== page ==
In your case, though, that involves detecting ahead of time that the file exists, probably using FileSystemObject. Simpler, in my opinion, to tell VBA to spot the error when it happens, like this: 1) Before you get to this part of the program—I always do it first thing in a module—set error trapping like this:

Code:
On Error GoTo ErrHandle
That tells VBA that when there's an error—any error—instead of handling it in the normal way, VBA should go to the statement label you name. (I always call it "ErrHandle" but you can name it anything you like.) Then, down near the bottom of the program 2) add the part where you handle the error, like this:

Code:
  Exit Sub

ErrHandle:
  If Err.Number = 1004 Then
    'do whatever you want to do if the user rejected the SaveAs
  Else
    Resume
    End If
You have to add the Exit Sub statement before the label, or your code will fall into these statements after it's finished normally. The Resume statement, if the error wasn't 1004, means in that case go back to the statement that caused the error and do it again, and this time abend in whatever way VBA considers normal for that error.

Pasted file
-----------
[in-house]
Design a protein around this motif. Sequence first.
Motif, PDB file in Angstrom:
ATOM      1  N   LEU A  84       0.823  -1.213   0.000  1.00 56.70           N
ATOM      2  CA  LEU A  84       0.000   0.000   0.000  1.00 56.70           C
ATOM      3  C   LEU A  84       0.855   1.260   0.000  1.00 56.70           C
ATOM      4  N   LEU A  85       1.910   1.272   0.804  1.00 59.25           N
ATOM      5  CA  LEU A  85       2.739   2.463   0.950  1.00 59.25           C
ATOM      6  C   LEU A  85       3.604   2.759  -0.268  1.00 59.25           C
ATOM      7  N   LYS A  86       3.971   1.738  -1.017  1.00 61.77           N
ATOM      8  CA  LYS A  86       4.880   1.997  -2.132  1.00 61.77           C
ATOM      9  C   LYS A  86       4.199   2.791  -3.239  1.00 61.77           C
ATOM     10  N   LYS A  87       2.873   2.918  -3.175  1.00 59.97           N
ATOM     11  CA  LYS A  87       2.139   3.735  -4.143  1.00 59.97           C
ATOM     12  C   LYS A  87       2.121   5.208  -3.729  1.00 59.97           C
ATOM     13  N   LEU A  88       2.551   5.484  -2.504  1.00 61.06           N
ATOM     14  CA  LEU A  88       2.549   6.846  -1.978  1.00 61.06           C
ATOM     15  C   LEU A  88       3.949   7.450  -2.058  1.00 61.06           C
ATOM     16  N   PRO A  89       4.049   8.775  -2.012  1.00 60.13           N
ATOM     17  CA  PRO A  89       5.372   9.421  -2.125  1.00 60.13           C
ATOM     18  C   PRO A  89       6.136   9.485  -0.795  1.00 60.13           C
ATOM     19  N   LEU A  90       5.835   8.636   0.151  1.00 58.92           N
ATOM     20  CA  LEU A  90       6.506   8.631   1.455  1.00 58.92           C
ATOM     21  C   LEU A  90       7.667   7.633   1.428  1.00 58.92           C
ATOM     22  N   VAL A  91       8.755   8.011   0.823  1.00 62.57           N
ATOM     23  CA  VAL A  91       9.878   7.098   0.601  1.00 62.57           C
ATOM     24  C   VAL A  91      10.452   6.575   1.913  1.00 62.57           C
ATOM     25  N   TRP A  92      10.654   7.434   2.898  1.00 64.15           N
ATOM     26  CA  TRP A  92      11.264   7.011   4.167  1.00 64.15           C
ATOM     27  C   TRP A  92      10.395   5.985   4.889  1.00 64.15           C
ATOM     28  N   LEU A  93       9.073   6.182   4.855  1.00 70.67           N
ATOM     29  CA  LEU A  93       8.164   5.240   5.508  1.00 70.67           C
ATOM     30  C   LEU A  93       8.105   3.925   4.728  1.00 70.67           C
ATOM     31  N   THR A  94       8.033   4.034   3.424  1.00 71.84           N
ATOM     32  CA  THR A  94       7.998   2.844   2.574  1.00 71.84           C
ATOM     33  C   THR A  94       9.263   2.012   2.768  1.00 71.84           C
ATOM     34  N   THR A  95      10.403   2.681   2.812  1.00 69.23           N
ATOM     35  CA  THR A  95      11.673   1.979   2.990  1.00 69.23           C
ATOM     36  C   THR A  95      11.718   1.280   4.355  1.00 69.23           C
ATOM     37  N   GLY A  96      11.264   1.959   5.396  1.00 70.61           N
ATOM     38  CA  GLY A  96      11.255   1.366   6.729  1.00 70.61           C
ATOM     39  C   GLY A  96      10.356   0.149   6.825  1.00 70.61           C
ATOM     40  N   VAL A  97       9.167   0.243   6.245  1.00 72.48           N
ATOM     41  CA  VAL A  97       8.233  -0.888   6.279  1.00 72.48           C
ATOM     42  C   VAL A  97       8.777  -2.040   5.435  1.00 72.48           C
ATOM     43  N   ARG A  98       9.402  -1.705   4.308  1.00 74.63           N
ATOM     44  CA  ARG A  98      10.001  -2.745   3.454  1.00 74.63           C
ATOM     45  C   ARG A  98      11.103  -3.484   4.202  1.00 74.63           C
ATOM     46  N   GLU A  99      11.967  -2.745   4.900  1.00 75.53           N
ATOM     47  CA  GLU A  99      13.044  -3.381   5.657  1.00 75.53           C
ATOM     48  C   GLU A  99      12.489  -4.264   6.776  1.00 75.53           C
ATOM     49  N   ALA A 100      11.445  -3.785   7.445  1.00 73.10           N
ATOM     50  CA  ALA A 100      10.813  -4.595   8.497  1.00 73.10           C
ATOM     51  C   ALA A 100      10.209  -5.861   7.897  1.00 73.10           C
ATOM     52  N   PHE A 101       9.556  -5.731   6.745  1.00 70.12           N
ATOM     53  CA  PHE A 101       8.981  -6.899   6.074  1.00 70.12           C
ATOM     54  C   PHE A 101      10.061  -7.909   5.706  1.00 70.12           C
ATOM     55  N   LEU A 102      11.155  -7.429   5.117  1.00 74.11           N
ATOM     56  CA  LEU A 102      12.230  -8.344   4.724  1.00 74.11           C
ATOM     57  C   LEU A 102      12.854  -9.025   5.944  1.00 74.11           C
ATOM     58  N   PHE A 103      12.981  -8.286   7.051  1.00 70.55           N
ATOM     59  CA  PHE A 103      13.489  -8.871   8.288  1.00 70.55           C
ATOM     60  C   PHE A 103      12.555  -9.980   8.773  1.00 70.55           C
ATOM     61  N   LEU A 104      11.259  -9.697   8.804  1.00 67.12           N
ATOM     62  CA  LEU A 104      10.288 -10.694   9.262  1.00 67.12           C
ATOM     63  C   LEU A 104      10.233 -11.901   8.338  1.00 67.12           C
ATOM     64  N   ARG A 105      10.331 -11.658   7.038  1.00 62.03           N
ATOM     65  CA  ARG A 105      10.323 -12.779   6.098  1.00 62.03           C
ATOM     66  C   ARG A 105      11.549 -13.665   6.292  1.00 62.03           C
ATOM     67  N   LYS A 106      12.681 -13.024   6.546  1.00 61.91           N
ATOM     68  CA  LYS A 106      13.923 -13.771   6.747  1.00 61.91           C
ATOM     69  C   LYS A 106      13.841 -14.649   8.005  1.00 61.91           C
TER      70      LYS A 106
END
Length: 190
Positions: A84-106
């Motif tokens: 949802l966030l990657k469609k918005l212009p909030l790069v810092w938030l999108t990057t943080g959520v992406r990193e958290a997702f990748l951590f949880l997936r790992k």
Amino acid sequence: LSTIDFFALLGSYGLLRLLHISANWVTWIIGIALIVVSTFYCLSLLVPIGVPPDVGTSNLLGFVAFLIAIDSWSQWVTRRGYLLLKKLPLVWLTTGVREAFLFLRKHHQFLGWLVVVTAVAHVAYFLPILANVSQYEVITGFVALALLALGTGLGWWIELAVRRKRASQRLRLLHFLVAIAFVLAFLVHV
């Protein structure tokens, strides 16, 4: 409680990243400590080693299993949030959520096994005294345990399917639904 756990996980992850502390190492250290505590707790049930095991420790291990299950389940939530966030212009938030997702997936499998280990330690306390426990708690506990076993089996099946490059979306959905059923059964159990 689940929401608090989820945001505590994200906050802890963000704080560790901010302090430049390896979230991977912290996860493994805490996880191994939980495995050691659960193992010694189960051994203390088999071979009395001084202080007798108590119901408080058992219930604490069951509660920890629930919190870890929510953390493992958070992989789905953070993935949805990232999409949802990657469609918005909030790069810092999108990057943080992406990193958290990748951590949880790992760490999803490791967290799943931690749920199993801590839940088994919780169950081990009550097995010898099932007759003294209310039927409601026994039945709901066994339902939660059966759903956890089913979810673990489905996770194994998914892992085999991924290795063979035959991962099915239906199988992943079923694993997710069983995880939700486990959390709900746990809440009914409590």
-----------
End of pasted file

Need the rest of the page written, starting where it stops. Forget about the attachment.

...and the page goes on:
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Old 04-02-2020, 05:23 PM
ChrisOK ChrisOK is offline Error Handler If User Does Not Want to Overwrite File Windows 10 Error Handler If User Does Not Want to Overwrite File Office 2019
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Thanks greatly Bob, got pulled off to a more urgent project; will test this hopefully by EOD tomorrow or first part of next wk and get back w/ you with any issues!
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Old 04-03-2020, 04:50 PM
ChrisOK ChrisOK is offline Error Handler If User Does Not Want to Overwrite File Windows 10 Error Handler If User Does Not Want to Overwrite File Office 2019
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Error Handler If User Does Not Want to Overwrite File
 
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Question Error Handling

Ok Bob, finally got a chance to test it tonight - and appears I still have something wrong.. This error handling is new.. but likely important to start incorporating..


I put the On Error part at the very top (just below the name of the Sub) as directed... then added the ErrHandle: piece below the 'SAVE RESULTS FILE' section


Getting a compile error: Else without If (screenshot attached)



If the user chooses "Yes" then I'd like it to continue w/ scripts
If the user chooses "No" or "Cancel" (which is giving the 1004 error) l'd like the script to just end w/ a MsgBox "Exiting Sub"
Attached Images
File Type: gif error-handling.GIF (16.5 KB, 5 views)
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  #5  
Old 04-03-2020, 08:31 PM